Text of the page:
It’s Thursday, so … guess what?

Yep, the BLS announced this weeks initial unemployment claims, and you know what?

They revised last week’s headline number up.

Now we’re up to 81 out of 82 weeks — and, at least 22 election season weeks in a row — that the BLS’s “headline number” has under-reported the number of initial unemployment claims … and cast the jobs situation as brighter than it really is.

Based on Thursday’s BLS report, the number for the week ending Sept. 15 was revised upward from 359,000 to 363,000.

In itself, the 4,000 isn’t a big deal.

But, in context it is

Again, I ask: statistical bias or political bias?

I’m now starting to conclude the latter.

The BLS has plenty of statisticians on payroll … and this is an elementary stats problem

* * * * * *

Let’s try a new way of reporting … here’s a picture.


Note that the preliminary estimate (the blue line) is ALWAYS low … by a couple of thousand.

Hint to BLS: just add 2k or 3k … or .8% to your prelim forecast !

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8 Responses to “It’s Thursday, so … guess what?”

  1. TK Says:

    Would still love to see an additional ten years of data. It would be interesting to see if economic contraction/expansion moves these numbers. Everything i can find online talks about the difficulty of compiling good data, the sophistication of the model, and the independence of the BLS from any branch of government.

    What is the word from the Stats department at g’town? They must have some thoughts. I need a little more before i buy into the conspiracy theory.

  2. Scott Allison Says:

    Read up on heteroscedasticity. In layman’s terms it is when the errors in a model are not at random but continually fall in one direction (above or below). It invalidates the model. I bet their model it pretty good, as this is pretty basic econometrics. They are just arbitrarily adjusting for political purposes….or they are just miserable statisticians. Regardless, the whole office should be poop-canned.

  3. TK Says:


    Ken is saying that they SHOULD adjust. You are saying they are corrupt since they ALREADY adjust. I am lost.

    Either way, how about some context? Why are you only showing us 5 months of data? Does the model typically get skewed in a recovery/collapse period (which is my understanding)?

    As an investor, I don’t want people monkeying with the model. I’d prefer the consistent, raw data so that I can understand why it has changed. At some point it may make sense to change the model, but in the short term it is likely to be seen as cherry picking.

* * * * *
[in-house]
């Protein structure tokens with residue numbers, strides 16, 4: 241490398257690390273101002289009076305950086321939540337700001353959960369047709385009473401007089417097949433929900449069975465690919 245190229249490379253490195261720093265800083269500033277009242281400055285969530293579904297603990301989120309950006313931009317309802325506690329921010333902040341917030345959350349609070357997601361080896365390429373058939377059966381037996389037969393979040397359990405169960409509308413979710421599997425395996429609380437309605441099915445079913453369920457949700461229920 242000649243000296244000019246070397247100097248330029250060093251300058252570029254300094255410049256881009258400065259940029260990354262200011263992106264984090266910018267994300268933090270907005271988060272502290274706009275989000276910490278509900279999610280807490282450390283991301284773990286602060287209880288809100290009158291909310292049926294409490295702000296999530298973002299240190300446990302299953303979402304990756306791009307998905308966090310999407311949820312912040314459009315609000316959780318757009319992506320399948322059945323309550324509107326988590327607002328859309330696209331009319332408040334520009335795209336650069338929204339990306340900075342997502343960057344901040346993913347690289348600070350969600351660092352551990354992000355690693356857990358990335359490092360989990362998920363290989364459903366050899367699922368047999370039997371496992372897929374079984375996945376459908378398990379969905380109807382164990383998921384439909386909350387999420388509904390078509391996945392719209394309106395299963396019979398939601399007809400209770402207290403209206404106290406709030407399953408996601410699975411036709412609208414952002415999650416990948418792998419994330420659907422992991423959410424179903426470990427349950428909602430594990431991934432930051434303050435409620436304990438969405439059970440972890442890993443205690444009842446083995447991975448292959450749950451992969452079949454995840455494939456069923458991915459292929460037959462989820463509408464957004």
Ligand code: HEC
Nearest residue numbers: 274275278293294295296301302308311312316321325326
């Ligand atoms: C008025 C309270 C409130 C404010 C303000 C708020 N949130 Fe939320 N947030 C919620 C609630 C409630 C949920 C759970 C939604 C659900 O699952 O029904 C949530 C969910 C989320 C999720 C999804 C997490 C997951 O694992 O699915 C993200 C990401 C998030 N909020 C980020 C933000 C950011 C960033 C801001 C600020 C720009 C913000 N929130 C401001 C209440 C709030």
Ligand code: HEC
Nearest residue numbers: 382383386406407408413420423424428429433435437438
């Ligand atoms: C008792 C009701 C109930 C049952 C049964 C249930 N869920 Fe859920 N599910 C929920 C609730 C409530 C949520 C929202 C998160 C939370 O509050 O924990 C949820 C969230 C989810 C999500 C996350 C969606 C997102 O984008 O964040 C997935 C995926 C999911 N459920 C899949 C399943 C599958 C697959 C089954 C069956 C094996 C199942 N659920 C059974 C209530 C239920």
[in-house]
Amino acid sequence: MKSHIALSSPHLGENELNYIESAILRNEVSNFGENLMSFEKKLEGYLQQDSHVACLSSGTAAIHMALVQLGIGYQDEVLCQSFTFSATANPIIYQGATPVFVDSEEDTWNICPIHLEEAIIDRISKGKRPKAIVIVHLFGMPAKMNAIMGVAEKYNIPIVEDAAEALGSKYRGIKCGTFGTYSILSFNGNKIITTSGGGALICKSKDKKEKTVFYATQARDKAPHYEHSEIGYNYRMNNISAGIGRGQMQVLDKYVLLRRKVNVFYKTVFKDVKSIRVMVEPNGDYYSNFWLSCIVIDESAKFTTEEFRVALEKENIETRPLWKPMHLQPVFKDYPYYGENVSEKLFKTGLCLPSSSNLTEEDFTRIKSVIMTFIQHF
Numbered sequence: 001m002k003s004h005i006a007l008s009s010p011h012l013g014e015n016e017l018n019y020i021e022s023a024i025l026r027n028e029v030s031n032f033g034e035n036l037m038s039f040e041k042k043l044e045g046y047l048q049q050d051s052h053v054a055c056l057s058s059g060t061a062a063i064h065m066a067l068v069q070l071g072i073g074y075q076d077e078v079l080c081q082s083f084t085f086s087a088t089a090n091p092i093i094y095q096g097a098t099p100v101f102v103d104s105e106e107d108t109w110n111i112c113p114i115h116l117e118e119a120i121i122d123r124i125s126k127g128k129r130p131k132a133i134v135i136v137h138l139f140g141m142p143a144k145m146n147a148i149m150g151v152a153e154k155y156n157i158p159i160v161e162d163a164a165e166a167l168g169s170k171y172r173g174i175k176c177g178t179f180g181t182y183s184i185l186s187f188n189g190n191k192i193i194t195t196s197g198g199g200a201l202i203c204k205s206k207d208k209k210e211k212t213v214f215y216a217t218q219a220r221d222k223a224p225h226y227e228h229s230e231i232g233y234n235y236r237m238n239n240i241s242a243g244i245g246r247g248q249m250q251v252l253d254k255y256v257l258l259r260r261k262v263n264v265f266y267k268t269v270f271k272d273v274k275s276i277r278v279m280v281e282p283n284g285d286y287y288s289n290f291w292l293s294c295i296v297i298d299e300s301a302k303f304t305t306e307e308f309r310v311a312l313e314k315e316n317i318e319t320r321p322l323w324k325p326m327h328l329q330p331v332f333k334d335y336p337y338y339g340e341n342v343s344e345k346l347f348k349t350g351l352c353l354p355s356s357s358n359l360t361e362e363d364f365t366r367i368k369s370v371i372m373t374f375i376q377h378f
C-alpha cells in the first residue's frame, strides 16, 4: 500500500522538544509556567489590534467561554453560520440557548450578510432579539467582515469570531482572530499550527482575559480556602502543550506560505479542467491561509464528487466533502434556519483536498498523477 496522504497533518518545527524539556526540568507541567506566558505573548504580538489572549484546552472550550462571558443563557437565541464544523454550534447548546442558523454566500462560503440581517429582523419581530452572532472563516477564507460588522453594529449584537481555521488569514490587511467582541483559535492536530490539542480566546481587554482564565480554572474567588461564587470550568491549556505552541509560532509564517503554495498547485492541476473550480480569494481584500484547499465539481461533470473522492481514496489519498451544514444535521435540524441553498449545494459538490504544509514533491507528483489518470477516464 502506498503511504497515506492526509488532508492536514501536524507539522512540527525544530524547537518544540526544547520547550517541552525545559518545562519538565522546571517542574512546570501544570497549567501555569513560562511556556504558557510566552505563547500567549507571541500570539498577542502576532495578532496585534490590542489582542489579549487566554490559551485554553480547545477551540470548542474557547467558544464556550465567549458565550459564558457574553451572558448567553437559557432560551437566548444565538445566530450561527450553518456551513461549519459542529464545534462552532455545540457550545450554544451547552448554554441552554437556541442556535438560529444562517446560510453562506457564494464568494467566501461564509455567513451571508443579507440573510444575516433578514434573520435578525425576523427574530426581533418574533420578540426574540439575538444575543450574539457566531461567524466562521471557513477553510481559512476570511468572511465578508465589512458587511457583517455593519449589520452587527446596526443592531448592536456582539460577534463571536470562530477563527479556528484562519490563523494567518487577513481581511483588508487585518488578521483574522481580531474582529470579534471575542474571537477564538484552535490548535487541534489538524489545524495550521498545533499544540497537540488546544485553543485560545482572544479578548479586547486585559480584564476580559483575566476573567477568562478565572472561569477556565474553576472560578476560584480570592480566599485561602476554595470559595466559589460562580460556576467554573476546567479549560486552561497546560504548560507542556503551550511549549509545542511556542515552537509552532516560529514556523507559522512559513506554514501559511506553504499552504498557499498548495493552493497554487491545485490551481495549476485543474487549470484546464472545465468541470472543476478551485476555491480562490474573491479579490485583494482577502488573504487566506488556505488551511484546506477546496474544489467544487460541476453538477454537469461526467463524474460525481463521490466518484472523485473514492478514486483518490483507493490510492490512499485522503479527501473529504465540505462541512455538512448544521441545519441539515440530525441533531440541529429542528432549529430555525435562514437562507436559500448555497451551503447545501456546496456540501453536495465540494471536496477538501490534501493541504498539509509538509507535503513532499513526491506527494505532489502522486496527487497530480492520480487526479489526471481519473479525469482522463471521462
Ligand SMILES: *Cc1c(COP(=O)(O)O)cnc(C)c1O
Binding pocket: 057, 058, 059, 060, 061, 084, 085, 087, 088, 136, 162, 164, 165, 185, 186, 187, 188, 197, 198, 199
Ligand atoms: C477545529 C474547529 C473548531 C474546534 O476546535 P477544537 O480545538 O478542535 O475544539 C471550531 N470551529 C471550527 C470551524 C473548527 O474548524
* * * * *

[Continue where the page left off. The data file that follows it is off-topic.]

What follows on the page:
You are making some serious accusations with nothing more than your gut and fancy statistical terms. You “bet their model is pretty good”, but the model appears to be a combination of census data and anecdotal observations. There is a good argument for improving the model, but you need to do a little work and show a little evidence before I buy into the conspiracy theory.

  4. Scott Allison Says:

    My point was that the model is either: A. Miserable (model needs to be adjusted as Ken says) or B. Corrupt (the model is fine but they are adjusting the RESULTS for political gain)

    The results are NOT predictive, so there is no answer C. Since it is a weekly measurement, 82 weeks of data should be plenty to run a reasonable predictive model. Even a simple ARIMA model using only past unemployment data points would be much more predictive than the nonsense that they put out.

    Census data? Annectdotal observations? I sure hope those aren’t the inputs. That sounds like cocktail napkin math…which is fine in casual conversation, but not for a the Bureau of Labor STATISTICS.

    Note: my original “fancy term” was actually the wrong word (it’s serial correlation I was referring to, not heteroscedasticity)

  5. TK Says:

    Data for 2008. Tons of revisions. I have no problem if you think this needs investigating. You may be right that the model is miserable. But it is lazy and unfair to claim this is a corruption issue unless you can show the Obama team has somehow changed the way the numbers are compiled.

  6. TK Says:

    Data for 2000. It is more difficult than I expected to pull these numbers off of Bloomberg, but so far it seems clear that revisions are nothing new. Not much of a case for Pbama putting his finger on the scale.

  7. TK Says:

    Note: I was referring to the entire suite of statistics (unemployment, initial claims, etc) when I mentioned the difficulty of collecting data. Many of these statistics require BLS to estimate the size of the population and break-out natural retirement from quit searching and other (sometimes unknowable) inputs.

  8. TK Says:

    Finally – here a link to the BLS technical note about sample collection and employment revisions. Includes numbers going back to 1979.

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